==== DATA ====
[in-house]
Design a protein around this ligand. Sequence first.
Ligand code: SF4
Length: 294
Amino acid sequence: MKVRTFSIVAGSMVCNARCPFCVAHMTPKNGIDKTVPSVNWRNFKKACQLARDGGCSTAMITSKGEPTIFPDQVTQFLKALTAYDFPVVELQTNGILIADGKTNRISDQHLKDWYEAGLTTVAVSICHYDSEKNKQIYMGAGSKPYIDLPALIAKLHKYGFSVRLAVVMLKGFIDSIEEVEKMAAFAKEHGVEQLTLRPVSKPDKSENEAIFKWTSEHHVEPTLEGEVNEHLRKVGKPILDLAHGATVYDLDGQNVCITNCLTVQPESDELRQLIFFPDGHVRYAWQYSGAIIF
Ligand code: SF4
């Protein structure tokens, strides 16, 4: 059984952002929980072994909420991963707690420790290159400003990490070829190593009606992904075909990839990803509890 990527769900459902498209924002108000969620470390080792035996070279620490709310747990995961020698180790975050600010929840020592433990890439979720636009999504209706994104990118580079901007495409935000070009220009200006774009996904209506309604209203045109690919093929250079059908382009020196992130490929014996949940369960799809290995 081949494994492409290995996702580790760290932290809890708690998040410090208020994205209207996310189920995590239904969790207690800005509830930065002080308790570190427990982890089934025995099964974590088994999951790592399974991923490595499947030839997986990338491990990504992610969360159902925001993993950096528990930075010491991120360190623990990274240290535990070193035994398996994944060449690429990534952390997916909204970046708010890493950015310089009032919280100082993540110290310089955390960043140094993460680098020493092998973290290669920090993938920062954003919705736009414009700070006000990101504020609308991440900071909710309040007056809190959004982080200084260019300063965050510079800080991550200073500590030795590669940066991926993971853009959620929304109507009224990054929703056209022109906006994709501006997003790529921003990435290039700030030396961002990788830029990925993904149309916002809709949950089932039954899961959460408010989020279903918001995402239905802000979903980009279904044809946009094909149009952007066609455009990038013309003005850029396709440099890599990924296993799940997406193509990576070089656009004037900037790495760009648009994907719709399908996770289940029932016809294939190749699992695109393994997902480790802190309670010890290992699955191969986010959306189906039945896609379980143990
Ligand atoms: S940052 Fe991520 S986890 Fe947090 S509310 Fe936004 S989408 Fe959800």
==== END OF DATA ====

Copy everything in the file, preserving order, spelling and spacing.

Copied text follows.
[in-house]
Design a protein around this ligand. Sequence first.
Ligand code: SF4
Length: 294
Amino acid sequence: MKVRTFSIVAGSMVCNARCPFCVAHMTPKNGIDKTVPSVNWRNFKKACQLARDGGCSTAMITSKGEPTIFPDQVTQFLKALTAYDFPVVELQTNGILIADGKTNRISDQHLKDWYEAGLTTVAVSICHYDSEKNKQIYMGAGSKPYIDLPALIAKLHKYGFSVRLAVVMLKGFIDSIEEVEKMAAFAKEHGVEQLTLRPVSKPDKSENEAIFKWTSEHHVEPTLEGEVNEHLRKVGKPILDLAHGATVYDLDGQNVCITNCLTVQPESDELRQLIFFPDGHVRYAWQYSGAIIF
Ligand code: SF4
């Protein structure tokens, strides 16, 4: 059984952002929980072994909420991963707690420790290159400003990490070829190593009606992904075909990839990803509890 990527769900459902498209924002108000969620470390080792035996070279620490709310747990995961020698180790975050600010929840020592433990890439979720636009999504209706994104990118580079901007495409935000070009220009200006774009996904209506309604209203045109690919093929250079059908382009020196992130490929014996949940369960799809290995 081949494994492409290995996702580790760290932290809890708690998040410090208020994205209207996310189920995590239904969790207690800005509830930065002080308790570190427990982890089934025995099964974590088994999951790592399974991923490595499947030839997986990338491990990504992610969360159902925001993993950096528990930075010491991120360190623990990274240290535990070193035994398996994944060449690429990534952390997916909204970046708010890493950015310089009032919280100082993540110290310089955390960043140094993460680098020493092998973290290669920090993938920062954003919705736009414009700070006000990101504020609308991440900071909710309040007056809190959004982080200084260019300063965050510079800080991550200073500590030795590669940066991926993971853009959620929304109507009224990054929703056209022109906006994709501006997003790529921003990435290039700030030396961002990788830029990925993904149309916002809709949950089932039954899961959460408010989020279903918001995402239905802000979903980009279904044809946009094909149009952007066609455009990038013309003005850029396709440099890599990924296993799940997406193509990576070089656009004037900037790495760009648009994907719709399908996770289940029932016809294939190749699992695109393994997902480790802190309670010890290992699955191969986010959306189906039945896609379980143990
Ligand atoms: S940052 Fe991520 S986890 Fe947090 S509310 Fe936004 S989408 Fe959800």